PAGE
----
The recent plagiarism scandal at Harvard University, and the rise of essay mills, are a reflection of changing attitudes to higher education: if you can buy an education, why not an essay, asks Eric Martin?
The growth of the online education market appears to have spun off another, more surreptitious market – one that goes beyond the paper-writing services long available to less than honest students – and online educators are taking note.
A handful of websites have sprung up recently offering to take a student’s entire online class for them, handling assignments, quizzes, and tests, for a fee.
Students taking free online courses offered by the startup company Coursera have reported dozens of incidents of plagiarism, even though the courses bear no academic credit. This week a professor leading one of the so-called Massive Open Online Courses posted a plea to his 39,000 students to stop plagiarizing, and Coursera's leaders say they will review the issue and consider adding plagiarism-detection software in the future.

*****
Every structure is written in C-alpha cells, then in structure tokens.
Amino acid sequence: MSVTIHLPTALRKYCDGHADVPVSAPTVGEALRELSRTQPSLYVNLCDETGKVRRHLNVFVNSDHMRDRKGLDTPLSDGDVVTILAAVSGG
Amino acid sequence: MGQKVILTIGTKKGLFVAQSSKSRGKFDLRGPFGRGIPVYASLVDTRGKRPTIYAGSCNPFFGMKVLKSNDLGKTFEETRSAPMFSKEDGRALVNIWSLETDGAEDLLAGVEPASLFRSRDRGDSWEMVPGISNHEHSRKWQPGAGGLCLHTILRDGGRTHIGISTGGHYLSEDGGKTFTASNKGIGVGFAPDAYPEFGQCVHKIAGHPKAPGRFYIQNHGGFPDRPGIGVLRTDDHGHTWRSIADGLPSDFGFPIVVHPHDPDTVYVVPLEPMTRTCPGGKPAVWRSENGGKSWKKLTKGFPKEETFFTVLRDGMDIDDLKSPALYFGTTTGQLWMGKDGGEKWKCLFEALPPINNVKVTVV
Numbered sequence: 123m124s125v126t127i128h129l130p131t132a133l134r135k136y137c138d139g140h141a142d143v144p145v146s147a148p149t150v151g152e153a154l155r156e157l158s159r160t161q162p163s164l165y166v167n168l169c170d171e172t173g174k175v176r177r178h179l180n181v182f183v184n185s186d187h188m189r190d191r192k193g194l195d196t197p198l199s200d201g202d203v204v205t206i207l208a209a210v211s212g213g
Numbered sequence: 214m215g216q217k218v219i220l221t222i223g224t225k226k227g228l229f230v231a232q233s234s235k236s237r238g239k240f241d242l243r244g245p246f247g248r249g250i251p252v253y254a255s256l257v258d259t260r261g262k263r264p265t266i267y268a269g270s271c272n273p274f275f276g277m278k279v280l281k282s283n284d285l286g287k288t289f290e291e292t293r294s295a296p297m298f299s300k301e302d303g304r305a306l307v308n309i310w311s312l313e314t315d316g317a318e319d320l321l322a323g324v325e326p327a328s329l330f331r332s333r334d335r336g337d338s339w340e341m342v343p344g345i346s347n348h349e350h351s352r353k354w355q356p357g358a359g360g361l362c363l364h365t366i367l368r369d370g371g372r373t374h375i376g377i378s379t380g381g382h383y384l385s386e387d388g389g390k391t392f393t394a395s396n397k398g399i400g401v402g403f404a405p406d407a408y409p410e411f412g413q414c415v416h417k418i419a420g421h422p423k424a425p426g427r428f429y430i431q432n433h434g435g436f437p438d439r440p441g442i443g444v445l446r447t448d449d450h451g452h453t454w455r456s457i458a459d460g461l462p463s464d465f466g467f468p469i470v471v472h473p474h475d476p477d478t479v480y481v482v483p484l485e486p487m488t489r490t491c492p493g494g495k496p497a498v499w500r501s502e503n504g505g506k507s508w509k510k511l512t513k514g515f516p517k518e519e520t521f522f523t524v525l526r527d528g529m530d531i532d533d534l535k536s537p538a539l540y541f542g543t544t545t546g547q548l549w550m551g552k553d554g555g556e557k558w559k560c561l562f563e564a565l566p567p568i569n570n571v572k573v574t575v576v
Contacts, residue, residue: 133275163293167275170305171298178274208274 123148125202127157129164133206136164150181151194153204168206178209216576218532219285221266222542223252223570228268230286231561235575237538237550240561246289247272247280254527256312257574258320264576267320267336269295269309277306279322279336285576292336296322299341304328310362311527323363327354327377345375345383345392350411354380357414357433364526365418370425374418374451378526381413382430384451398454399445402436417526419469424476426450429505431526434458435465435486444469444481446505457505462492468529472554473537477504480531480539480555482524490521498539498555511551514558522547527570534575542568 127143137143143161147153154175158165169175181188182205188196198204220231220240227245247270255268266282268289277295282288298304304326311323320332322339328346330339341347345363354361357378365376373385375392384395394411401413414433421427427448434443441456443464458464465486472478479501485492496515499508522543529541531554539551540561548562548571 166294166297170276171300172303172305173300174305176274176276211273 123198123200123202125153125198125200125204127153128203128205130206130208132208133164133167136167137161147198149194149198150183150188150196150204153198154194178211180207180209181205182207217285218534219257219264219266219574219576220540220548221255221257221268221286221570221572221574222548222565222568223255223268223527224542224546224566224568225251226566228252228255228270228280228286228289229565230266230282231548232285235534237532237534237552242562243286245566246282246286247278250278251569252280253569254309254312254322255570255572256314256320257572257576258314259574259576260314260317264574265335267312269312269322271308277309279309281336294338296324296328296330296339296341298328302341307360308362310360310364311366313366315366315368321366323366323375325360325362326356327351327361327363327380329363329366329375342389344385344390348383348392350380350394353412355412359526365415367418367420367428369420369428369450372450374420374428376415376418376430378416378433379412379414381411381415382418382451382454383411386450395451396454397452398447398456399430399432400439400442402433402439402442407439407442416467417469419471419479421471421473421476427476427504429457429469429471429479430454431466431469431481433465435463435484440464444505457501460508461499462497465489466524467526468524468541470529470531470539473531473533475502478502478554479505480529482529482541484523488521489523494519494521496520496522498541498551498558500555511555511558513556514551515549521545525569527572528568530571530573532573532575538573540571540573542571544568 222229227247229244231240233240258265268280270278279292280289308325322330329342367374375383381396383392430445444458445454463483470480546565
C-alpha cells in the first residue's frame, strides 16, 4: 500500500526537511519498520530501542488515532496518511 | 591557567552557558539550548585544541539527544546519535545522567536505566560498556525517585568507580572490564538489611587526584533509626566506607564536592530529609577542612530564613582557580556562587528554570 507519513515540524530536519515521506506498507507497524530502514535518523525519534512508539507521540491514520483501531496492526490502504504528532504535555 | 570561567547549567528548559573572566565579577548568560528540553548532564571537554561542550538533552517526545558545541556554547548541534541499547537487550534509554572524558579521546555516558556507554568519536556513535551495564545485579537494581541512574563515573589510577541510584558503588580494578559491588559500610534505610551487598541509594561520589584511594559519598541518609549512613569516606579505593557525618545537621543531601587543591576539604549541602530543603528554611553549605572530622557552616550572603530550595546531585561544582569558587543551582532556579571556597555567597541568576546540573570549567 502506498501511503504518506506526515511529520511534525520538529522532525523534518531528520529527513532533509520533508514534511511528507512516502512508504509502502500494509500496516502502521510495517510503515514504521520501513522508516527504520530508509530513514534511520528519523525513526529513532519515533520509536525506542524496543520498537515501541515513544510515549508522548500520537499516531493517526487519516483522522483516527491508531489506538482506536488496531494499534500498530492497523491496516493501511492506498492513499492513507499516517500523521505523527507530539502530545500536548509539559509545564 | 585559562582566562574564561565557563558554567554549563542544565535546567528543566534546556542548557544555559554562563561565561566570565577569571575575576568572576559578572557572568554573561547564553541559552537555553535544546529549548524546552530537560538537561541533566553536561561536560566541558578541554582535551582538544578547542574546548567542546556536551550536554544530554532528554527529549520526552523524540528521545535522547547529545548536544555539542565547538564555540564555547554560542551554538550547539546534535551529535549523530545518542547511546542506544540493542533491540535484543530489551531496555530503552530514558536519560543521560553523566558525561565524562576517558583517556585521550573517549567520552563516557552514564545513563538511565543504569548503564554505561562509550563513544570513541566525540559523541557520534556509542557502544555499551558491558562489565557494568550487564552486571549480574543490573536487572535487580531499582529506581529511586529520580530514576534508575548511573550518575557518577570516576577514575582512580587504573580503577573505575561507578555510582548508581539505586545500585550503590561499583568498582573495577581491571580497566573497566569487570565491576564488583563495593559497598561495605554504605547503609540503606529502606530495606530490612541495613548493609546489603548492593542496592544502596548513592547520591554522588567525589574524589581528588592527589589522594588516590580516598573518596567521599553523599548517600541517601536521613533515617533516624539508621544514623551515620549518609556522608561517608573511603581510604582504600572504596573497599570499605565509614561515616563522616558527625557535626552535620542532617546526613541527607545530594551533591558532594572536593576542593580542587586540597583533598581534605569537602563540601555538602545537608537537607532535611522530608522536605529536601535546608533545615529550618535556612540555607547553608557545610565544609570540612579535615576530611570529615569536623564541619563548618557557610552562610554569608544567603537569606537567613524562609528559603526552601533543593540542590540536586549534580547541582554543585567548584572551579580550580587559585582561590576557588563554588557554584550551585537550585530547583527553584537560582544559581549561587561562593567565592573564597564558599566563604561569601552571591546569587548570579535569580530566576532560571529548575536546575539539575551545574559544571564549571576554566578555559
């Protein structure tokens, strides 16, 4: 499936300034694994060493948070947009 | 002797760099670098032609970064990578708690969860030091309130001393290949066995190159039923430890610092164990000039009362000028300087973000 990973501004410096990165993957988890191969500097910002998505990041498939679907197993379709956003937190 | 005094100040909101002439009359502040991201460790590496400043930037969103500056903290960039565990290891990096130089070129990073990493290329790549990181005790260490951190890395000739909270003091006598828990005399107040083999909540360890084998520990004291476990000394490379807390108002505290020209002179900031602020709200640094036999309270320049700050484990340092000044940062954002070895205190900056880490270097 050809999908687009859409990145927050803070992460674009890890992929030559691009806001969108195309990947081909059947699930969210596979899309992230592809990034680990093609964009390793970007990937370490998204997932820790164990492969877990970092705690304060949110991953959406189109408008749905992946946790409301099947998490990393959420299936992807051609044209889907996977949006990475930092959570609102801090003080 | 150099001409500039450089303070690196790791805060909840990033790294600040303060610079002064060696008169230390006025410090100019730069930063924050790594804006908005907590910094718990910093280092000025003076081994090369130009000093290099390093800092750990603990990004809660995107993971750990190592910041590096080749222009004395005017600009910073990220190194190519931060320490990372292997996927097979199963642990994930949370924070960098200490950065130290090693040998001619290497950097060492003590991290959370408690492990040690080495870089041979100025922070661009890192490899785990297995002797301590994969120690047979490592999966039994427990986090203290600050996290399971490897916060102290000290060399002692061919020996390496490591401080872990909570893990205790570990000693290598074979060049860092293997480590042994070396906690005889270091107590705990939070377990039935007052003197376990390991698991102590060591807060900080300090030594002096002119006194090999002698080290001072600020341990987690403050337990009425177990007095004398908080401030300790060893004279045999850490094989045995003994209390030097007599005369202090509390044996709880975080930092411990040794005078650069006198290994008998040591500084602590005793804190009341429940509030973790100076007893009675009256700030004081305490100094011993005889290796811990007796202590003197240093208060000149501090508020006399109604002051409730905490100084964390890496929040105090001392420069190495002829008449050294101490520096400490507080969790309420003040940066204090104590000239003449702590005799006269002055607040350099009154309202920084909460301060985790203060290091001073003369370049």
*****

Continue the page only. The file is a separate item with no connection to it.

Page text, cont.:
When The Chronicle published a confessional essay two years ago by a writer for a student-paper mill who had spent nearly a decade helping college students cheat on their assignments, it provoked anger, astonishment, and weary resignation.
The writer, under the pseudonym Ed Dante, said he had completed scores of papers for students who were too lazy or simply unprepared for their work at the undergraduate, master's, and doctoral levels.
Dave Tomar, who helped students cheat for nearly a decade, is at a loss to say what colleges should do differently. "I think everyone is a co-conspirator," he says.